A leading Friends of the Earth campaigner urges: Protect our open spaces

Up to 20 homes are regarded as possible on land south of Hollingbury Golf Course and east of Ditchling Road. But for whom? And how much would they cost to buy?
Up to 20 homes are regarded as possible on land south of Hollingbury Golf Course and east of Ditchling Road. But for whom? And how much would they cost to buy?

Brighton and Hove is facing a critical challenge: How can it develop, without destroying what so many people love about the place?

Brighton and Hove is facing a critical challenge: How can it develop, without destroying what so many people love about the place?

Our city is popular and lively, attracts people from home and abroad, and some of the pressure for more housing is of its own making. There is, however, far more that is not.

Nationally, we are all living longer and - with more births than deaths - the population grows and requires more housing. Then there are people who been drawn to the United Kingdom from abroad. Many of them head for London. But that, in many respects, is where the problem starts.

London is a world city, attracting foreign money with people buying second - and third - homes and property for investment.

At the same time, London is not building the housing that it requires. Consequently, this is placing a huge pressure, not just on London prices, but also on all the local authorities around it.

With London prices so high, this pressure is not going away any time soon.

It also begs the question: Can we ever build enough homes down here, until London sorts its own housing market out?

That, however, is not to say we cannot do some things.

We are in the process of seeking approval for the City Plan, which will outline development over the next 15 years or so. This will set what amount of development can be developed - and where it can go.

The problem is that the city council is being told the housing need for the city is 16,000 to 20,000 new homes, up to 2030.

Some developers have argued it should be even higher, to deliver the number of “affordable” homes that are needed.  Another symptom of our broken system is that developers will build “affordable” homes only if they can build lots of “unaffordable” ones that we do not need.

The problem is that, with the sea on one side and the South Downs, England’s newest national park on the other, we do not have a lot of land to play with for housing.

That is why the council has been forced to commission a study to see what opportunities there could be for developing the urban fringe.

Unfortunately, the council is proposing to make a bad situation worse - by amending the City Plan policy to allow any sites listed in the study to be developed.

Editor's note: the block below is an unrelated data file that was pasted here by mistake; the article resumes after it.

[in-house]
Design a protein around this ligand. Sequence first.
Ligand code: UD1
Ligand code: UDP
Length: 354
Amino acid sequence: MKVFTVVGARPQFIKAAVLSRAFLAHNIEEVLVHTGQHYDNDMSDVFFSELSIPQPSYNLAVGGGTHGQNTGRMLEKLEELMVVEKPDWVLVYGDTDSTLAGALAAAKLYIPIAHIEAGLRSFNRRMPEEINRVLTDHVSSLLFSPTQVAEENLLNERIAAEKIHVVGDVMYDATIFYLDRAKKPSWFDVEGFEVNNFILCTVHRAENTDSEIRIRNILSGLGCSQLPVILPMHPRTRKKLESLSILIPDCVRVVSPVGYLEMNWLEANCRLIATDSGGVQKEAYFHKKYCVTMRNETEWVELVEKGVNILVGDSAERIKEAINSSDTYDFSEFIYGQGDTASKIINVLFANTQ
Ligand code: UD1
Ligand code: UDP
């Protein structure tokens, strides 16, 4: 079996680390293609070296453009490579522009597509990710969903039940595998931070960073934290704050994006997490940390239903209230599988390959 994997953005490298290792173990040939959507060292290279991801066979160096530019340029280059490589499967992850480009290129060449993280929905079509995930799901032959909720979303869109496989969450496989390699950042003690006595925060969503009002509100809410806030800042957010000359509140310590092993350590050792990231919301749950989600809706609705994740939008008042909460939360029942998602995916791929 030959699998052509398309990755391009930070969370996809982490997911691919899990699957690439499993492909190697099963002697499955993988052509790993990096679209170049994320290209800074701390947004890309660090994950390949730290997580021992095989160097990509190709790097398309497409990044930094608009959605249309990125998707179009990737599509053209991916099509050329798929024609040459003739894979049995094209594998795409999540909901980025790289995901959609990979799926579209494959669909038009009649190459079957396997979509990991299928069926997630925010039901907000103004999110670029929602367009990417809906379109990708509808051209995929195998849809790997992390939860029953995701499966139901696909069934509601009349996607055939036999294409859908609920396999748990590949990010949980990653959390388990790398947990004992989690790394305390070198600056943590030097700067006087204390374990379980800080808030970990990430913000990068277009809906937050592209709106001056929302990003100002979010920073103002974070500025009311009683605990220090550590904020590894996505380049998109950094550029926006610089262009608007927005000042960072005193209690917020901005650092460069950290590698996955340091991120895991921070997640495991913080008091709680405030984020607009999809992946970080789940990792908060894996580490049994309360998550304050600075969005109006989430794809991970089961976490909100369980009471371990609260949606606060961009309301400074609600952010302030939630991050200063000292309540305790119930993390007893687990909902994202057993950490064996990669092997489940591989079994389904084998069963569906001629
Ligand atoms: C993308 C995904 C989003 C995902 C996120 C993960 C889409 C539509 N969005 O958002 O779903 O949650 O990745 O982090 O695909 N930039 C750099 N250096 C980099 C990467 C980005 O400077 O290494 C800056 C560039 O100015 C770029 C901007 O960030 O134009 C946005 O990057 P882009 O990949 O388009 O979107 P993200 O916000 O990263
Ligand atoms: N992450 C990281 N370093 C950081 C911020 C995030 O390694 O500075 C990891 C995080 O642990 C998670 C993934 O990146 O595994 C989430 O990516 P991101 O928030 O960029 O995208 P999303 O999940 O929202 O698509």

This is prejudicing the proper scrutiny of these sites before they are allocated. There are at least two sites where errors appear to have been made and, therefore, these sites should probably not be listed.  Yet the council’s proposals would allow them to be developed.  How many more are like that?

Once the consultation about the City Plan modifications takes place, the council will lose control of the process - because it will be the inspector who determines what happens next.

At this stage, however, the council could still consult on the study’s findings before it proposes changes to the City Plan.

Another concern about the latest proposals is that the amount of housing in the city’s main development areas, which are generally well placed for good access to transport and services, is set to fall slightly.

This is madness.

At a time when we need to find as much housing as possible, lowering the amount of housing on brownfield sites and shoving it out to the urban fringe is plainly wrong. We need to be trying much harder to get more housing into these areas. Not that we can necessarily get everything we need, but I am sure we could get more. That would help reduce the pressure and give us a greater chance of getting the plan signed off.

It is not, however, all down to the council. There are other players in the city who impact on our housing stock and who have a role to play in relieving some of that pressure. They are, of course, the two universities. Both play an important part in the local economy as well as expanding knowledge and creating international ties for the future. They both have ambitions to expand and increase the number of students.

This, though, creates a problem for the city, in that these students all need to be housed. Most recently, the majority of this has taken place in areas where traditionally there was family housing. It has created a number of tensions around noise, litter, and parking - and a certain amount of resentment. It has also, of course, added to the pressure for housing in the city and driven up costs.

So, while I believe the expansion of the universities should be welcomed, it cannot be open-ended. It also needs to take place in a way that relieves pressure on local community housing.

This could be done, for example, by ensuring that a university builds more student accommodation, preferably on campus, than it takes on new students.

Now, there is nothing to make the universities behave this way. But it is in both their and our long-term interests for them to act as good neighbours.  For, if they fail, we would all be the poorer for it.

Chris Todd is a planning and transport campaigner with Brighton and Hove Friends of the Earth (www.bhfoe.org); he is also chair of the Brighton and Hove and Lewes Downs Biosphere Partnership.